I feel like anytime I’m asked this question, I always answer it, and then I walk away, and I’m like, “Oh, I should have said so-and-so.” This is going sound really biased because we are very close friends. But if you have not read The White Trees, which just came out last week, Kris Anka, Chip Zdarksy, and Matt Wilson, that book is…my God. I don’t mean to sound biased, but all three of them are doing the best work of their careers. The book is super, super gay. And it’s the most beautiful pairing of of Chris and Matt’s work that I’ve ever seen. And it’s incredible.
Is there a character in comics right now that you look at, and you say to yourself, “Damn, I want a chance at drawing that character?” Who is that, and what would spin would you put on him/her/them?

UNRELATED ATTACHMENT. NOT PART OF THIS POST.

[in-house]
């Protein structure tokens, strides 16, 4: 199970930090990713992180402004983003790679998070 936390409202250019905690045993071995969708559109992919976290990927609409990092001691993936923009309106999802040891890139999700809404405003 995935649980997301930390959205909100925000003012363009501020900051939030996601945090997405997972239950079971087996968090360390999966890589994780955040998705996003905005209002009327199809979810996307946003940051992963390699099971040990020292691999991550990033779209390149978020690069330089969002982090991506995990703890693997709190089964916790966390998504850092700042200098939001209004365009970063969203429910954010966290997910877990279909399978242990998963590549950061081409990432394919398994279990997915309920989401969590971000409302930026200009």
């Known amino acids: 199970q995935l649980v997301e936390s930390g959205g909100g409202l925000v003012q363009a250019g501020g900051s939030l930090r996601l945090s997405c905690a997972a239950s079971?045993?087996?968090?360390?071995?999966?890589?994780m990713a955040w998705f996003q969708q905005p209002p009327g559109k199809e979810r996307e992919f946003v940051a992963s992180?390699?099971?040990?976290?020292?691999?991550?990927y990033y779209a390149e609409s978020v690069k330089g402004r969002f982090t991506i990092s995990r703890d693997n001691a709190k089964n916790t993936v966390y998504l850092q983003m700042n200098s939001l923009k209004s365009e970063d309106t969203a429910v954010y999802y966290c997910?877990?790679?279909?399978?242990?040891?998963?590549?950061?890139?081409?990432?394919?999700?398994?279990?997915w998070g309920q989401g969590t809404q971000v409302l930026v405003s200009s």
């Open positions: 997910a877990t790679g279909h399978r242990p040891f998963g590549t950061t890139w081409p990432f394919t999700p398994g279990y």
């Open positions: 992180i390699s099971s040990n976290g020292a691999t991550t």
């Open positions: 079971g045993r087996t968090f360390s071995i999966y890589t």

Oh, it’s hard, because I feel like I used to have a bucket list of characters that I wanted to draw. And now at this point, in my career, I’ve professionally drawn a lot of them. I guess I would have to say, the first character I was actually approached about doing a cover for at Marvel was Silk. And it never panned out because of scheduling reasons. But I would still very much love to work on something Silk related, just because she is a Korean-American superhero at Marvel, and I myself am Korean-American. It would be really special to work on something Silk-related. And if I had the flexibility to, I would change her costume a little. I wouldn’t want to take away too many things. This is really great costume. But I would add a little bit of some Korean flair in there.